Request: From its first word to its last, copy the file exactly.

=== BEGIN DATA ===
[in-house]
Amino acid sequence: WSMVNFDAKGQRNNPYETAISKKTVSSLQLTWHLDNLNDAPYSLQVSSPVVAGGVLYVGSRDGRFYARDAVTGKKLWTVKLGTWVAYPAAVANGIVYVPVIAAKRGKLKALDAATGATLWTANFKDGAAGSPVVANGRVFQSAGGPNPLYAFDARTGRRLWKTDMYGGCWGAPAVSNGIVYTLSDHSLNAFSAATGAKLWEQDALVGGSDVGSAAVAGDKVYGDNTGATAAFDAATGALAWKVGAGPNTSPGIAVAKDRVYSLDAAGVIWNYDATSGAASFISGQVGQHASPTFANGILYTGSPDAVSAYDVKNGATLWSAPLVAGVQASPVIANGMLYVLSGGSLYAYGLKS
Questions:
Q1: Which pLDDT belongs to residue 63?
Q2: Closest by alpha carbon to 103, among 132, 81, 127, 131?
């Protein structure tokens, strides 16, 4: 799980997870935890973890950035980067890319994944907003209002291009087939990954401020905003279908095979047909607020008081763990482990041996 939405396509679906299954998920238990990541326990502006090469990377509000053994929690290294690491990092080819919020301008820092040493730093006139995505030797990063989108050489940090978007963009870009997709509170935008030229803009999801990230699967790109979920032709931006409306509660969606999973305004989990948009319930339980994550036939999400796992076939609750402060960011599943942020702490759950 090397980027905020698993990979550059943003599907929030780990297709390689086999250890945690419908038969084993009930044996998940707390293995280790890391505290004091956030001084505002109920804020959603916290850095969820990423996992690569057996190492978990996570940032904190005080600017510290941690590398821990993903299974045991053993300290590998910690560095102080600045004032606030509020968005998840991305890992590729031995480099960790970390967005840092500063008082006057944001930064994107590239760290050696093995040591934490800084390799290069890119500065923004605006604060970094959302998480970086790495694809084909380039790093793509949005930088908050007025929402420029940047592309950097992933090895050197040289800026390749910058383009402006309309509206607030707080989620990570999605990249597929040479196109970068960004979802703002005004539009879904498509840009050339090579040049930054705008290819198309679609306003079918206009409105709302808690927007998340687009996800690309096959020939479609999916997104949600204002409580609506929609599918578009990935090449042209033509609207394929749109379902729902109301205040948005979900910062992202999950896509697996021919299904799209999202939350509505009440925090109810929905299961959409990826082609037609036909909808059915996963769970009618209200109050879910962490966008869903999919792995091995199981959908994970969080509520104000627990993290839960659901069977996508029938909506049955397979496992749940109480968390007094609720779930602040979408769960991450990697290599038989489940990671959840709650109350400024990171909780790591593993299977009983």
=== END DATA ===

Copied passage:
[in-house]
Amino acid sequence: WSMVNFDAKGQRNNPYETAISKKTVSSLQLTWHLDNLNDAPYSLQVSSPVVAGGVLYVGSRDGRFYARDAVTGKKLWTVKLGTWVAYPAAVANGIVYVPVIAAKRGKLKALDAATGATLWTANFKDGAAGSPVVANGRVFQSAGGPNPLYAFDARTGRRLWKTDMYGGCWGAPAVSNGIVYTLSDHSLNAFSAATGAKLWEQDALVGGSDVGSAAVAGDKVYGDNTGATAAFDAATGALAWKVGAGPNTSPGIAVAKDRVYSLDAAGVIWNYDATSGAASFISGQVGQHASPTFANGILYTGSPDAVSAYDVKNGATLWSAPLVAGVQASPVIANGMLYVLSGGSLYAYGLKS
Questions:
Q1: Which pLDDT belongs to residue 63?
Q2: Closest by alpha carbon to 103, among 132, 81, 127, 131?
């Protein structure tokens, strides 16, 4: 799980997870935890973890950035980067890319994944907003209002291009087939990954401020905003279908095979047909607020008081763990482990041996 939405396509679906299954998920238990990541326990502006090469990377509000053994929690290294690491990092080819919020301008820092040493730093006139995505030797990063989108050489940090978007963009870009997709509170935008030229803009999801990230699967790109979920032709931006409306509660969606999973305004989990948009319930339980994550036939999400796992076939609750402060960011599943942020702490759950 090397980027905020698993990979550059943003599907929030780990297709390689086999250890945690419908038969084993009930044996998940707390293995280790890391505290004091956030001084505002109920804020959603916290850095969820990423996992690569057996190492978990996570940032904190005080600017510290941690590398821990993903299974045991053993300290590998910690560095102080600045004032606030509020968005998840991305890992590729031995480099960790970390967005840092500063008082006057944001930064994107590239760290050696093995040591934490800084390799290069890119500065923004605006604060970094959302998480970086790495694809084909380039790093793509949005930088908050007025929402420029940047592309950097992933090895050197040289800026390749910058383009402006309309509206607030707080989620990570999605990249597929040479196109970068960004979802703002005004539009879904498509840009050339090579040049930054705008290819198309679609306003079918206009409105709302808690927007998340687009996800690309096959020939479609999916997104949600204002409580609506929609599918578009990935090449042209033509609207394929749109379902729902109301205040948005979900910062992202999950896509697996021919299904799209999202939350509505009440925090109810929905299961959409990826082609037609036909909808059915996963769970009618209200109050879910962490966008869903999919792995091995199981959908994970969080509520104000627990993290839960659901069977996508029938909506049955397979496992749940109480968390007094609720779930602040979408769960991450990697290599038989489940990671959840709650109350400024990171909780790591593993299977009983």